Acknowledgements

I would like to thank Trevor Bark, Rory Beaton, Carl Levy and Alex Prichard and Sureyya Turkeli for encouragement and comments on earlier drafts of this paper. I am also grateful to JPI’s two reviewers.

[1] For example, Stuart Christie cites him as an important early influence. Stuart Christie, ‘Building a library: anarchy,’ Independent on Sunday, 24 July 2005, available at http://findarticles.com/p/articles/mi_qn4159/is_20050724/ai_n14806090 (accessed 20 May 2008).

[2] N. Walter, ‘Guy A. Aldred (1886–1963),’ The Raven, 1(1) (1986), p. 82.

[3] A. Meltzer, I Couldn’t Paint Golden Angels (Edinburgh/Oakland, CA: AK Press, 1996), Chapter 3, available at http://www.spunk.org/texts/writers/meltzer/sp001591/angels3.html (accessed 27 November 2009).

[4] G. Aldred, Dogmas Discarded, part 1 in Essays in Revolt (hereafter ER) 2 volumes (Glasgow: Strickland Press, 1940), p. 13. For Aldred’s life, see also J. T. Caldwell, Come Dungeons Dark: The Life and Times of Guy Aldred, Glasgow Anarchist (Barr, Ayrshire: Luath Press, 1988).

[5] Aldred, ibid., p. 25.

[6] The relationship is discussed in G. Frost, ‘Love is always free: anarchism, free unions and utopianism in Edwardian England,’ Anarchist Studies, 17(1) (2008), pp. 73–94.

[7] G. Aldred, ‘The freewoman,’ The Herald of Revolt, 2(3) (March 1912), p. 17.

[8] J. Caldwell, A Tribute to Guy Alfred Aldred (Hobnail Press, 2006), n.p.

[9] G. Aldred, ‘The Malatesta outrage,’ The Herald of Revolt, 2(6) (June 1912), p. 58.

[10] Aldred identified himself as a critical follower of Morris. See Pioneers of Anti-Parliamentarism in ER, pp. 11–20. Only a year before William Morris’s death, H. B. Samuels argued that ‘communism is, as yet, not generally understood, even by many who are supposed to worship that ideal.’ He described it as ‘a condition of society where there shall be perfect freedom in the economical and social relations of life … (and) the extinction of the institution or idea of “private property.”’ H. B. Samuels, A Contribution to Communism (London: William Reeves, 1895), pp. 3–4.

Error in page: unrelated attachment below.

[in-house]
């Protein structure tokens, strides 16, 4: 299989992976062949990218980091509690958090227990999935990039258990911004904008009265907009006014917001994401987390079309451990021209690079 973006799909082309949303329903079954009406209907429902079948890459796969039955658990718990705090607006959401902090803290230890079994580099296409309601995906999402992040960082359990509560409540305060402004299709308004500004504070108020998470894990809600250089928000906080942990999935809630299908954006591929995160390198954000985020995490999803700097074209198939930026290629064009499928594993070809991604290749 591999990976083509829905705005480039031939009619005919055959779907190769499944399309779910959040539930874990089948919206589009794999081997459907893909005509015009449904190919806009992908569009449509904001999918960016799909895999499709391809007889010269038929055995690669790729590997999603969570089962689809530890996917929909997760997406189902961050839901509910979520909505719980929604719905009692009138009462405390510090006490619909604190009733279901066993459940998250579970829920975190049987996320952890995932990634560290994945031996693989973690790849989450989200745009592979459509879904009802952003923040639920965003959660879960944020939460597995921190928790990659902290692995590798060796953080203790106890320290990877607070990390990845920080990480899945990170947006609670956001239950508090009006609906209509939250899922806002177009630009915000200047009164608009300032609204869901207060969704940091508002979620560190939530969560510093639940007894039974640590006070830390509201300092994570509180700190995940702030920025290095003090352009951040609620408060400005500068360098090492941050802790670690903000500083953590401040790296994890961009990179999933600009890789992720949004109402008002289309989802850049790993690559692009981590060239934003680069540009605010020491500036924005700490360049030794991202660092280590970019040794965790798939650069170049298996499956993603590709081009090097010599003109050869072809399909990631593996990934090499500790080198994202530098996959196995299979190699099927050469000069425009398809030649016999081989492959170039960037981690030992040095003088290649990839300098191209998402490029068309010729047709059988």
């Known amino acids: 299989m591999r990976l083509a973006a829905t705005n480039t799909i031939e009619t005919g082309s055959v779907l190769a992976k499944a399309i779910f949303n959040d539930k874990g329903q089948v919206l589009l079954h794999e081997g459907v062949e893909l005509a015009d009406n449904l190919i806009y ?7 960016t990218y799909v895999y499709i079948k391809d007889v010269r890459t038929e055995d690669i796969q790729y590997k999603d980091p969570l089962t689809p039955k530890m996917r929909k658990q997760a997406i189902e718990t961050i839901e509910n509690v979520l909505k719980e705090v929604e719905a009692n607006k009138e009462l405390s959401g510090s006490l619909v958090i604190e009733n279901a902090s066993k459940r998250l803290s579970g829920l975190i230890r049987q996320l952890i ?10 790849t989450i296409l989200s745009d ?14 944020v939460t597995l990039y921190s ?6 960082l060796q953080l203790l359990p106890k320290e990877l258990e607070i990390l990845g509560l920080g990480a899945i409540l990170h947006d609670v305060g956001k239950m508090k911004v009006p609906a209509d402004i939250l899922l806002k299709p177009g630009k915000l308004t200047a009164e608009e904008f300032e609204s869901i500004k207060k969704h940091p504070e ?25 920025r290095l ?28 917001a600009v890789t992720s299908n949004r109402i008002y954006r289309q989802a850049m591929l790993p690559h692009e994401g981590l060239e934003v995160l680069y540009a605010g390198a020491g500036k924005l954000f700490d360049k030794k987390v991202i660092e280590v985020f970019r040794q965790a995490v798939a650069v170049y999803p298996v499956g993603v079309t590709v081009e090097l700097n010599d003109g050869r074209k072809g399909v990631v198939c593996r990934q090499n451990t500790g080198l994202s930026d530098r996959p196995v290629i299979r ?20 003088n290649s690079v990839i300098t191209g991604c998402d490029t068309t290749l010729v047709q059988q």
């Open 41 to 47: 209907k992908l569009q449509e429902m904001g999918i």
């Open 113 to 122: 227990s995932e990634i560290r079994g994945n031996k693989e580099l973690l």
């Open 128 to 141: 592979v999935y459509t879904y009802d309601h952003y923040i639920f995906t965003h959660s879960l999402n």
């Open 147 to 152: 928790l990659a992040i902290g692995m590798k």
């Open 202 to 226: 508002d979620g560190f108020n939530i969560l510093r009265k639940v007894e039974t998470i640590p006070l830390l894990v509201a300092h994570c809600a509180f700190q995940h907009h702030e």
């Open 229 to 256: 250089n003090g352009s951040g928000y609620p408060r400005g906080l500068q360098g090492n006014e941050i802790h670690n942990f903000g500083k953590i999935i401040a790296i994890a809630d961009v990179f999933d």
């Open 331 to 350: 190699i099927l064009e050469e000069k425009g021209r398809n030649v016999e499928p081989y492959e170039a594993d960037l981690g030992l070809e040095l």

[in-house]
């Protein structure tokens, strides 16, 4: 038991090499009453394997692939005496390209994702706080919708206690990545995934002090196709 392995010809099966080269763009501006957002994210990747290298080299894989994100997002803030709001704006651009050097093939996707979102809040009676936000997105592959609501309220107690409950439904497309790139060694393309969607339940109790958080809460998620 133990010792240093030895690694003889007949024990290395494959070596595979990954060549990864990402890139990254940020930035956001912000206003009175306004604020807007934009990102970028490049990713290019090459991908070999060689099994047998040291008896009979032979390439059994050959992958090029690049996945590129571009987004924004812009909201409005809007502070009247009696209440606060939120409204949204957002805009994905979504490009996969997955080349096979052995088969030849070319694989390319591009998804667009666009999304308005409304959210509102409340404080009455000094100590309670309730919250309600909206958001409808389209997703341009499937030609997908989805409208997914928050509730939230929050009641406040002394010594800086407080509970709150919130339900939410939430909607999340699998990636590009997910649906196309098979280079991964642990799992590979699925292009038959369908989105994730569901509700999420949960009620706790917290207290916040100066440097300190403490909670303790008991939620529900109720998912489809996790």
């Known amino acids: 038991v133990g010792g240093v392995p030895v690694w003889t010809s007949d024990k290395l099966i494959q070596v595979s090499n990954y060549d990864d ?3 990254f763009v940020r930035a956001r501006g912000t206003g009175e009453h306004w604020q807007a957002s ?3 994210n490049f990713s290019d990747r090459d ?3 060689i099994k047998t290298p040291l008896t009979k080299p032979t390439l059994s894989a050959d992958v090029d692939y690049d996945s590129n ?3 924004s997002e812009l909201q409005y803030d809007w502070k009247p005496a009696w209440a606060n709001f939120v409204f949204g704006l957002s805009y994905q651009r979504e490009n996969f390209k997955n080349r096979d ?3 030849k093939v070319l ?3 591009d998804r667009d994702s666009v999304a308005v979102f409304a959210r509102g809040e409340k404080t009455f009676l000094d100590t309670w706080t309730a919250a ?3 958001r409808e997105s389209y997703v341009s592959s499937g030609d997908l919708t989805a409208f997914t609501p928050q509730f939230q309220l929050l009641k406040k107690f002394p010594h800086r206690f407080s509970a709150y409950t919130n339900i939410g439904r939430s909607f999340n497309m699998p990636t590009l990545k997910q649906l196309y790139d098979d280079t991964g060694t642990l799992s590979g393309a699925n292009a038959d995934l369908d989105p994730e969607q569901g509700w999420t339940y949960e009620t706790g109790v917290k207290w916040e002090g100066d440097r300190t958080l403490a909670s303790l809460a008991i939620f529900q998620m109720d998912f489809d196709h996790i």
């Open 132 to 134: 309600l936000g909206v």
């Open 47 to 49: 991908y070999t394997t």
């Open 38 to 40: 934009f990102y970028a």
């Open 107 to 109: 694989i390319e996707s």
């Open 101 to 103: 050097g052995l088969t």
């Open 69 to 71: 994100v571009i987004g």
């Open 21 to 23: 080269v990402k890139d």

[11] G. Aldred, Studies in Communism in ER, op. cit., Ref. 4, p. 4.

[12] Aldred, op. cit., Ref. 4, p. 9.

[13] G. Aldred, Dogmas Discarded, part 2, op. cit., Ref. 4, p. 25.

[14] Aldred, op. cit., Ref. 4, p. 9.

[15] Aldred, ibid., p. 18.

[16] Aldred, ibid., p. 40.

[17] Aldred, op. cit., Ref. 13, p. 28.

[18] Aldred, op. cit., Ref. 4, p. 43.

[19] Aldred, op. cit., Ref. 13, p. 19.

[20] Aldred, op. cit., Ref. 4, p. 34.

[21] Aldred, ibid., p. 40.

[22] Aldred, ibid., p. 13.

[23] Aldred, op. cit., Ref. 13, p. 45; Aldred, op. cit., Ref. 4, p. 23.

[24] Aldred, op. cit., Ref. 4, p. 10.

[25] Aldred, op. cit., Ref. 13, p. 43.

[26] Aldred, op. cit., Ref. 4, p. 18.

[27] Aldred, op. cit., Ref. 10, p. 13.

[28] Aldred, op. cit., Ref. 11, p. 33.

[29] Aldred, ibid., p. 24.

[30] Aldred, ibid.

[31] Aldred, ibid., p. 18.

[32] Aldred, ibid., p. 19.

[33] Aldred, Studies in Communism, op. cit., Ref. 4, p. 33.

[34] G. Aldred, ‘Our Glasgow lectures,’ The Herald of Revolt, 2(9) (1912), 12 September, p. 95.

[35] Aldred, op. cit., Ref. 13, p. 58.

[36] Aldred, ibid., p. 59.

[37] Aldred, op. cit., Ref. 10, p. 16.

[38] Aldred, op. cit., Ref. 13, p. 26.

[39] G. Aldred, Socialism and Parliament, part 2 in ER vol. II, op. cit., Ref, 4. p. 45.

[40] Aldred quoted Huxley’s remark that ‘anarchy may be the highest conceivable grade of perfection of social existence’ forgetting to note that Huxley concluded the discussion by declaring anarchy a sham and an illusion. See T. H. Huxley, ‘Government: anarchy or regimentation,’ 1890, available at http://aleph0.clarku.edu/huxley/CE1/G-AR.html (accessed 27 November 2009).

[41] Aldred, op. cit., Ref. 13, p. 38; Aldred, op. cit., Ref. 11, p. 6.

[42] Aldred, op. cit., Ref. 11, p. 7.

[43] Aldred, ibid.

[44] Aldred, ibid.

[45] Aldred, ibid., p. 21.

[46] Aldred, ibid.

[47] G. Aldred, ‘Friedrich Nietzsche,’ in John Moore and Spencer Sunshine (Eds) I Am Not Man, I Am Dynamite! Friedrich Nietzsche and the Anarchist Tradition (New York: Autonomedia, 2004), p. 9.

[48] Aldred, ibid., p. 10.

[49] Orage is discussed in T. Steele, Alfred Orage and the Leeds Arts Club 1893–1923 (Aldershot: Scholar Press, 1990). For Marsden see L. Garner, A Brave and Beautiful Spirit: Dora Marsden 1882–1960 (Aldershot: Gower Publishing, 1990); B. Clarke, Dora Marsden and Early Modernism: Gender, Individualism, Science (Ann Arbor, MI: University of Michigan Press, 1996); and L. Delap, The Feminist Avant-Garde: Translatlantic Encounters of the Early Twentieth Century (Cambridge: Cambridge University Press, 2007).

[50] Aldred, op. cit., Ref. 47, p. 11.

[51] Two short pamphlets give a useful overview: J. T. Caldwell and M. Shipway, An Introduction to Guy Alfred Aldred and Anti-Parliamentary Communist Federation (Hobnail Press, 2006); B. Jones, Anti-Parliamentarism and Communism in Britain 1917–21 (Pirate Press, 1991).

[52] Aldred, op. cit., Ref. 11, p. 4.

[53] P. Thomas, Karl Marx and the Anarchists (London: Routledge & Kegan Paul, 1980), p. 317.

[54] G. D. H. Cole, A history of socialist thought, vol. III part 1, The Second International 1889–1914 (London: St Martins Press, 1967), pp. xv, 26.

[55] E. Marx-Aveling, ‘A note on the International and the British Trade Union Congresses,’ Justice, 19 September 1896, p. 6. The expulsion captured a range of revolutionary socialists, some of whom did not self-identify with anarchism.